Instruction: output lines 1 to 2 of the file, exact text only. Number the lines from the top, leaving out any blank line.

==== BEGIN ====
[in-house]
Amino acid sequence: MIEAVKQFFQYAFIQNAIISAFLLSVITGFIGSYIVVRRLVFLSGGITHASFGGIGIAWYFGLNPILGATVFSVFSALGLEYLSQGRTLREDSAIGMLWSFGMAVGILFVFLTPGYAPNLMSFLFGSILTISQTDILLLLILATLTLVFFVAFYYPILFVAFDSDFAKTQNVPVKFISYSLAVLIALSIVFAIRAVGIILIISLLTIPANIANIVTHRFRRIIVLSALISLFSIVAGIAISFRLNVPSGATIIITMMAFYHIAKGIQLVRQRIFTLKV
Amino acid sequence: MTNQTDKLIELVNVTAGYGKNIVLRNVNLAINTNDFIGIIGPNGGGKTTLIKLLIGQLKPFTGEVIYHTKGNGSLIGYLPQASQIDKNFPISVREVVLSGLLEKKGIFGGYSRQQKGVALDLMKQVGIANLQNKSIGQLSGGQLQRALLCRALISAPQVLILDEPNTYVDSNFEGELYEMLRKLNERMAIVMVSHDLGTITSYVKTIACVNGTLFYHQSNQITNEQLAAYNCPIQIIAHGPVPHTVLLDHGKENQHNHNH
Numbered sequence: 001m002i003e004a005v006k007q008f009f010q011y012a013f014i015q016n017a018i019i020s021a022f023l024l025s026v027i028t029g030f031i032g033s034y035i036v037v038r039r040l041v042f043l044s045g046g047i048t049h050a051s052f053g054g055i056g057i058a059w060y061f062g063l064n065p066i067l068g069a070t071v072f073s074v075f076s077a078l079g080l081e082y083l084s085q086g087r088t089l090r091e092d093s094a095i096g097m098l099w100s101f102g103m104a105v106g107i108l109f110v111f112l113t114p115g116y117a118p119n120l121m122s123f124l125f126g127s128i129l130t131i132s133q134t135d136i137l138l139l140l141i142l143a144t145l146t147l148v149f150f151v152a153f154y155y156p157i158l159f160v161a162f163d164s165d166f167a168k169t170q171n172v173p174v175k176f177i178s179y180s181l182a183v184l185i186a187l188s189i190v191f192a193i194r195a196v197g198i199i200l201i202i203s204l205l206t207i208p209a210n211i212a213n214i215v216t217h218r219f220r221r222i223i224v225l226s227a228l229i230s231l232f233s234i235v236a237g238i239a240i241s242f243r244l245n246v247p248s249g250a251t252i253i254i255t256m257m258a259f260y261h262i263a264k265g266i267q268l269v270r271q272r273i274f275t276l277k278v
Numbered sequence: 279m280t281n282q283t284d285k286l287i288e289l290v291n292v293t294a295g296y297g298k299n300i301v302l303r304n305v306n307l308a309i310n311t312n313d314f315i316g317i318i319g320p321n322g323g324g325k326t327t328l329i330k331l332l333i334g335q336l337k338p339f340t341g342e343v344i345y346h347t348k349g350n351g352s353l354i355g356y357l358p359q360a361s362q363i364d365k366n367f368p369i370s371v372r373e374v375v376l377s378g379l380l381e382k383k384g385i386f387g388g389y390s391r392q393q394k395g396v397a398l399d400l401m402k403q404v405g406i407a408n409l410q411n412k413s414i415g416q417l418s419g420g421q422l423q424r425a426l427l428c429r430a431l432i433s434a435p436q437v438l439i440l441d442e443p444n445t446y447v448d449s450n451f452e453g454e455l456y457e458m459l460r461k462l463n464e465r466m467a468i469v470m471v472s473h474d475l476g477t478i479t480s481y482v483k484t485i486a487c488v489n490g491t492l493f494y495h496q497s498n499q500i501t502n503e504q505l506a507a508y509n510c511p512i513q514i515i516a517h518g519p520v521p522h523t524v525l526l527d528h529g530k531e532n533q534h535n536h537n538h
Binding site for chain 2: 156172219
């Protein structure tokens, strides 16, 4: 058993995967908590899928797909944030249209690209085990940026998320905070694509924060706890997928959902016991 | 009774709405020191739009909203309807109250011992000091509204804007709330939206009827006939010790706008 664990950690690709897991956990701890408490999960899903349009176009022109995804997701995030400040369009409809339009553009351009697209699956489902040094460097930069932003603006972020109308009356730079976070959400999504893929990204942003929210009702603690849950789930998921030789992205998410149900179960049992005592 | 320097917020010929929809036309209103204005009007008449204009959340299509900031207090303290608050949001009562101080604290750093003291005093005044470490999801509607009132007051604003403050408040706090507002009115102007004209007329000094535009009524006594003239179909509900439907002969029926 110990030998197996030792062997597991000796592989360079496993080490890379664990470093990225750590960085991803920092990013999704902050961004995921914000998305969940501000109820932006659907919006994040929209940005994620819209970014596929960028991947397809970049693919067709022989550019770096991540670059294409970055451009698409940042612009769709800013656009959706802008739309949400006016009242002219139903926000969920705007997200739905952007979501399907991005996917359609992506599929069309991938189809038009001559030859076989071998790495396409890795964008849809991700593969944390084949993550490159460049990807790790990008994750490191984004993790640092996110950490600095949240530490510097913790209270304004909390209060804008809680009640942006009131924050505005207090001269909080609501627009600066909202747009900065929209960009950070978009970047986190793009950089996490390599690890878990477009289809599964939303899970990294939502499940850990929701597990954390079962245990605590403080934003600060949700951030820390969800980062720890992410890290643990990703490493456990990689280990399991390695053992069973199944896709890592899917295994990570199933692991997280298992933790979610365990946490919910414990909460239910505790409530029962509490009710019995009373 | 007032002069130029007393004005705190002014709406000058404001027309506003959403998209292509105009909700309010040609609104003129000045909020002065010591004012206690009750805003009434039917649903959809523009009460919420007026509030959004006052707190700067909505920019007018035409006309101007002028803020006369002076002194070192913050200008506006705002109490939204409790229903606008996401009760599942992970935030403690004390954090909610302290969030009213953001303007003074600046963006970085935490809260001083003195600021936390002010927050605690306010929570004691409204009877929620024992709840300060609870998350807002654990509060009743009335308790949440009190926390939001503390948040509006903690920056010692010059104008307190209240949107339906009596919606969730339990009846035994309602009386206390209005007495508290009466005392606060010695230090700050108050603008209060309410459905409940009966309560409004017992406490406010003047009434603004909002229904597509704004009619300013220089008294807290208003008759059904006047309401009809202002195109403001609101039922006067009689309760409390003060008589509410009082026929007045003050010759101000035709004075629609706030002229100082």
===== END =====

[in-house]
Amino acid sequence: MIEAVKQFFQYAFIQNAIISAFLLSVITGFIGSYIVVRRLVFLSGGITHASFGGIGIAWYFGLNPILGATVFSVFSALGLEYLSQGRTLREDSAIGMLWSFGMAVGILFVFLTPGYAPNLMSFLFGSILTISQTDILLLLILATLTLVFFVAFYYPILFVAFDSDFAKTQNVPVKFISYSLAVLIALSIVFAIRAVGIILIISLLTIPANIANIVTHRFRRIIVLSALISLFSIVAGIAISFRLNVPSGATIIITMMAFYHIAKGIQLVRQRIFTLKV